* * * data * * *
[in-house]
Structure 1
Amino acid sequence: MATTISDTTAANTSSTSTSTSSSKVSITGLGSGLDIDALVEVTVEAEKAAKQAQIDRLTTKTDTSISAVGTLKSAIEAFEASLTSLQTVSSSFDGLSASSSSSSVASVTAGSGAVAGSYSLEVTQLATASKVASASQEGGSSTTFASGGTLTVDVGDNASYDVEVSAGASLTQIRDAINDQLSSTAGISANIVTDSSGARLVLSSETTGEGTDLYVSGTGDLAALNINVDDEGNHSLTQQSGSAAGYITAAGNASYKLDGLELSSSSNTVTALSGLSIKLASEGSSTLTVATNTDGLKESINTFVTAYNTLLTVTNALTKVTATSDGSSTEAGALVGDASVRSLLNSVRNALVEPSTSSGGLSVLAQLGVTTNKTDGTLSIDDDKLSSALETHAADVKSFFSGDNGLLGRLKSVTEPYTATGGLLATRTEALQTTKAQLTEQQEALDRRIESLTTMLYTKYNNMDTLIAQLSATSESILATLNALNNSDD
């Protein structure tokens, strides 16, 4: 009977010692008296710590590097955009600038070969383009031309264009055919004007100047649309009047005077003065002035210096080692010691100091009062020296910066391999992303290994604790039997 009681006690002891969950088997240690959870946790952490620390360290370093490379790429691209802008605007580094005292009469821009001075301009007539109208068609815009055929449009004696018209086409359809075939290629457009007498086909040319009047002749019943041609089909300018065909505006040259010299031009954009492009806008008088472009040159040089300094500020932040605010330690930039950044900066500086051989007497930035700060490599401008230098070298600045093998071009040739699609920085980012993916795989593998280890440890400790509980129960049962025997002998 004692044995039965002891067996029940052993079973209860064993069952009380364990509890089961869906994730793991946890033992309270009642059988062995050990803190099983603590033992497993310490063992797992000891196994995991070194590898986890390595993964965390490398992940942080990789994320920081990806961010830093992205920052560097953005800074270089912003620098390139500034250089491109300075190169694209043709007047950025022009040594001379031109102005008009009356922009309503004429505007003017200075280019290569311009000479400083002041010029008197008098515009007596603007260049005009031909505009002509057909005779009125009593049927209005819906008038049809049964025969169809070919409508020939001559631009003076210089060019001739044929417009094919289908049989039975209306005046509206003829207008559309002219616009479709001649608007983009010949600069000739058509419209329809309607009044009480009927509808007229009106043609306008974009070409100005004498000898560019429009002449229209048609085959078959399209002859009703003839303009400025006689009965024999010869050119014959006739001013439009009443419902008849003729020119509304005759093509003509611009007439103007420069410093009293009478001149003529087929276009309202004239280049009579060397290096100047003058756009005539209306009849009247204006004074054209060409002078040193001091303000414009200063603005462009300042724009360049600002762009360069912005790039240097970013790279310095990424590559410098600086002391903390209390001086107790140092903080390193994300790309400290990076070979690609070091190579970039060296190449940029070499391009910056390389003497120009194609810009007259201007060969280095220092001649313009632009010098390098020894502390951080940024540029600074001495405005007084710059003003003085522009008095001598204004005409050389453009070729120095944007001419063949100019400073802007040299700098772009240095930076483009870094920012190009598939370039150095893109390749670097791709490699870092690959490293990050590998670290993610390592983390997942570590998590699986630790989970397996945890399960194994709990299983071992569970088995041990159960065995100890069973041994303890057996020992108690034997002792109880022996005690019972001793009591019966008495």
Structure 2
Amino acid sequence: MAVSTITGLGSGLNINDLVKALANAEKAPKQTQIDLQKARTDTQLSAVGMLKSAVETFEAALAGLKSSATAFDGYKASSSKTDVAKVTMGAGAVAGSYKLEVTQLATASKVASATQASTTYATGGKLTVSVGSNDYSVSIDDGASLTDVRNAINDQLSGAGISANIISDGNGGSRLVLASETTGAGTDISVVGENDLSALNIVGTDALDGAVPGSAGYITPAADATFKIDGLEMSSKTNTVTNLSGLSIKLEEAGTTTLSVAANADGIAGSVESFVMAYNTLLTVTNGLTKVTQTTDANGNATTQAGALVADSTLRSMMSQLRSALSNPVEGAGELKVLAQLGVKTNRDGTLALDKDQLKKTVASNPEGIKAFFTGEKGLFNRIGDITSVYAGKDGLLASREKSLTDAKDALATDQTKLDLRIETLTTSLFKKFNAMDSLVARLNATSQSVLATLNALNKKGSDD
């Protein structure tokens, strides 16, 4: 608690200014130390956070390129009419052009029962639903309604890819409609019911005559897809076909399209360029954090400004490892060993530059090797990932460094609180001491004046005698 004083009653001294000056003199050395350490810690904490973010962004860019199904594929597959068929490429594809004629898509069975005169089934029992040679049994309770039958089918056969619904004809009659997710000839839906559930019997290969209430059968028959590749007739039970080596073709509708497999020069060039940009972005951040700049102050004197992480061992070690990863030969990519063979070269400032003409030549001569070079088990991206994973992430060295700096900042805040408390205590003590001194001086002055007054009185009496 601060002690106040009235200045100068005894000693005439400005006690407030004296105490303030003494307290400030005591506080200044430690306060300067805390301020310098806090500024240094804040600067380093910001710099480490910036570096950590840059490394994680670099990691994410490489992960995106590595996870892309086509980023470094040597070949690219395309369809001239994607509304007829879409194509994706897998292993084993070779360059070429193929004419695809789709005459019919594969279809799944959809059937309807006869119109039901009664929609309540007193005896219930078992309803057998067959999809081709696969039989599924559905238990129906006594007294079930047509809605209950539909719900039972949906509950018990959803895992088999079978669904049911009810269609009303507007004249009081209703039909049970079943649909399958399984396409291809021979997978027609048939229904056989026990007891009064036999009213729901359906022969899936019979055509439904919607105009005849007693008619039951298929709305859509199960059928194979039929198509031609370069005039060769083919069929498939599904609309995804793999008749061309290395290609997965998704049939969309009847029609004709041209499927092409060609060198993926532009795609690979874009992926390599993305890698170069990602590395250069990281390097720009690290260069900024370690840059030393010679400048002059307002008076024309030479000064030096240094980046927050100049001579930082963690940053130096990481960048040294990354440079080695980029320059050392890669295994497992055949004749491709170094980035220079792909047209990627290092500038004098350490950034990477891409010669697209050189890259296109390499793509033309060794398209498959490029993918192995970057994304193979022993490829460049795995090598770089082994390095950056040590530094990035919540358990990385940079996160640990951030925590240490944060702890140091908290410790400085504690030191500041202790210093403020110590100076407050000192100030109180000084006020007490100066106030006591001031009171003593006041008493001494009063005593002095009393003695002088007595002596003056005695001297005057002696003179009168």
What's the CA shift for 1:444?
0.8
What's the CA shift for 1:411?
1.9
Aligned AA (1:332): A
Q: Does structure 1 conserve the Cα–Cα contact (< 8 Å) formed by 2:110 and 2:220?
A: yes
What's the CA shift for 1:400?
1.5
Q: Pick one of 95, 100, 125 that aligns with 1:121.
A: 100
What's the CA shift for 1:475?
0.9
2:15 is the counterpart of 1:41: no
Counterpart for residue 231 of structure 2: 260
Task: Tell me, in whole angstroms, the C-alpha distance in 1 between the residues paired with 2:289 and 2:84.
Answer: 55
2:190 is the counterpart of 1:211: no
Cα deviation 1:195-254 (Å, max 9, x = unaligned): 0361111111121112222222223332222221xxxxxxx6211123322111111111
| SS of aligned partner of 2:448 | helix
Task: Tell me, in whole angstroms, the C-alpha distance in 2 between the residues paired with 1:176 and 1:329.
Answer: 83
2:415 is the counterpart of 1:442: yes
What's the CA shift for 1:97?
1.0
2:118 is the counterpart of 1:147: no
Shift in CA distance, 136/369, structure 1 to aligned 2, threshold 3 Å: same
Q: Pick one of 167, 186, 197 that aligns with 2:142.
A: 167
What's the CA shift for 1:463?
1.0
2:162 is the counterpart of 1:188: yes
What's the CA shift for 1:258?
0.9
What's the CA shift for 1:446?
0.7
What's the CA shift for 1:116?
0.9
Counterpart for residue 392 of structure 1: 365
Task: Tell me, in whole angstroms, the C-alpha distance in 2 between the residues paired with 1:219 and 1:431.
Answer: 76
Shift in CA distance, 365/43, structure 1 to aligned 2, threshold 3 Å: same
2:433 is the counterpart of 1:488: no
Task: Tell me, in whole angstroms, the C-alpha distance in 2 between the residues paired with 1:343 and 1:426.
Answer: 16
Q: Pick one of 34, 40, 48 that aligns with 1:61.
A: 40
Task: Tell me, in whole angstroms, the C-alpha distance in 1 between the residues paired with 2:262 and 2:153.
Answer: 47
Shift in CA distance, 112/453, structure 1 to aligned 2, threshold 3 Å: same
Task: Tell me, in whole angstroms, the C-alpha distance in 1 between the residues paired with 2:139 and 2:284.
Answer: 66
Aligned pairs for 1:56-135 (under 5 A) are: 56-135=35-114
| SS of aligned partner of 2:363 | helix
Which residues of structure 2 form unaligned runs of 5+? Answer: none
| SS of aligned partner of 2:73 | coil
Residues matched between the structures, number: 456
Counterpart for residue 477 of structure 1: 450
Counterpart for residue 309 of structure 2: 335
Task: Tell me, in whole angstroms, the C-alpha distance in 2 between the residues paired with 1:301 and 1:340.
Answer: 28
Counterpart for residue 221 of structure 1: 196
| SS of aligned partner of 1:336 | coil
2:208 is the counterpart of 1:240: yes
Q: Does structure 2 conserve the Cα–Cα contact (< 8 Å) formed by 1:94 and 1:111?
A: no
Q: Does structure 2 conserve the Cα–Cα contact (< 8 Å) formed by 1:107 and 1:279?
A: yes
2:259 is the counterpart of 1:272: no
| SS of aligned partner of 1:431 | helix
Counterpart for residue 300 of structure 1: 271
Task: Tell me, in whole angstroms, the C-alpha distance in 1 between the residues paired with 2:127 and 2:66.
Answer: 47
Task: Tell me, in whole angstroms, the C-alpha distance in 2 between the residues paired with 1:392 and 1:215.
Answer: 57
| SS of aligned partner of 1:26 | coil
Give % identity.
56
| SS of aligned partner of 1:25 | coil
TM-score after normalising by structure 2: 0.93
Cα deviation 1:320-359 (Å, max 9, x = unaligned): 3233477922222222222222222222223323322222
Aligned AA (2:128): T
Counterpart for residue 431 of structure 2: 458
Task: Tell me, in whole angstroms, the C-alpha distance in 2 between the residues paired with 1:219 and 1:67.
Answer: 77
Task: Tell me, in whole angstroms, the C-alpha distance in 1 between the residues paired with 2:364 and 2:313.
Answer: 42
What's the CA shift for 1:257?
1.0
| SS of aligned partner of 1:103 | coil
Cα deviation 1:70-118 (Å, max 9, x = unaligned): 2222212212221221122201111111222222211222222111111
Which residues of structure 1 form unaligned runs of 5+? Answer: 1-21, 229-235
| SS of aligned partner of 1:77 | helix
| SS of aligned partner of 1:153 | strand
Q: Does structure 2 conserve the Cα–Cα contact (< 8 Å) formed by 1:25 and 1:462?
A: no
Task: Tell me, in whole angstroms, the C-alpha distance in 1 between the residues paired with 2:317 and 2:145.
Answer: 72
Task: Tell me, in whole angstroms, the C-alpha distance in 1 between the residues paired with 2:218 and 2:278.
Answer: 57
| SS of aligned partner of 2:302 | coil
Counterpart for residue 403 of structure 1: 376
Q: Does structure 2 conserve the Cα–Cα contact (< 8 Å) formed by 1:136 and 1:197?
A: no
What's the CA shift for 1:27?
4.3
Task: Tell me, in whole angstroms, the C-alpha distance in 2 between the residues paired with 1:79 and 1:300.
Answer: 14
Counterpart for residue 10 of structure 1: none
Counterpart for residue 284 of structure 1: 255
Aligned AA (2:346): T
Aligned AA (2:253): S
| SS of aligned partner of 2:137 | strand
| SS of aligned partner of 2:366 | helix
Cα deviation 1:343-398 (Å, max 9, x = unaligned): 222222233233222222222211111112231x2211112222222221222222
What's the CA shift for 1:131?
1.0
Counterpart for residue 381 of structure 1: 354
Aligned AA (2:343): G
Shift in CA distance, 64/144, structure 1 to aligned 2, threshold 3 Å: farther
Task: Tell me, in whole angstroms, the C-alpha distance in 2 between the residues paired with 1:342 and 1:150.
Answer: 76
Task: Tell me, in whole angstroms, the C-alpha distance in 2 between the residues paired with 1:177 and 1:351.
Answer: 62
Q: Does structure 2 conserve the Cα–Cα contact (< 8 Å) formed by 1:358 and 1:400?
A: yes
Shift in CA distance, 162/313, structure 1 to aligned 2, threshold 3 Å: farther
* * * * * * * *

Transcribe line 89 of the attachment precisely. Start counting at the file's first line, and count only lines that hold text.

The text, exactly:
Aligned AA (2:128): T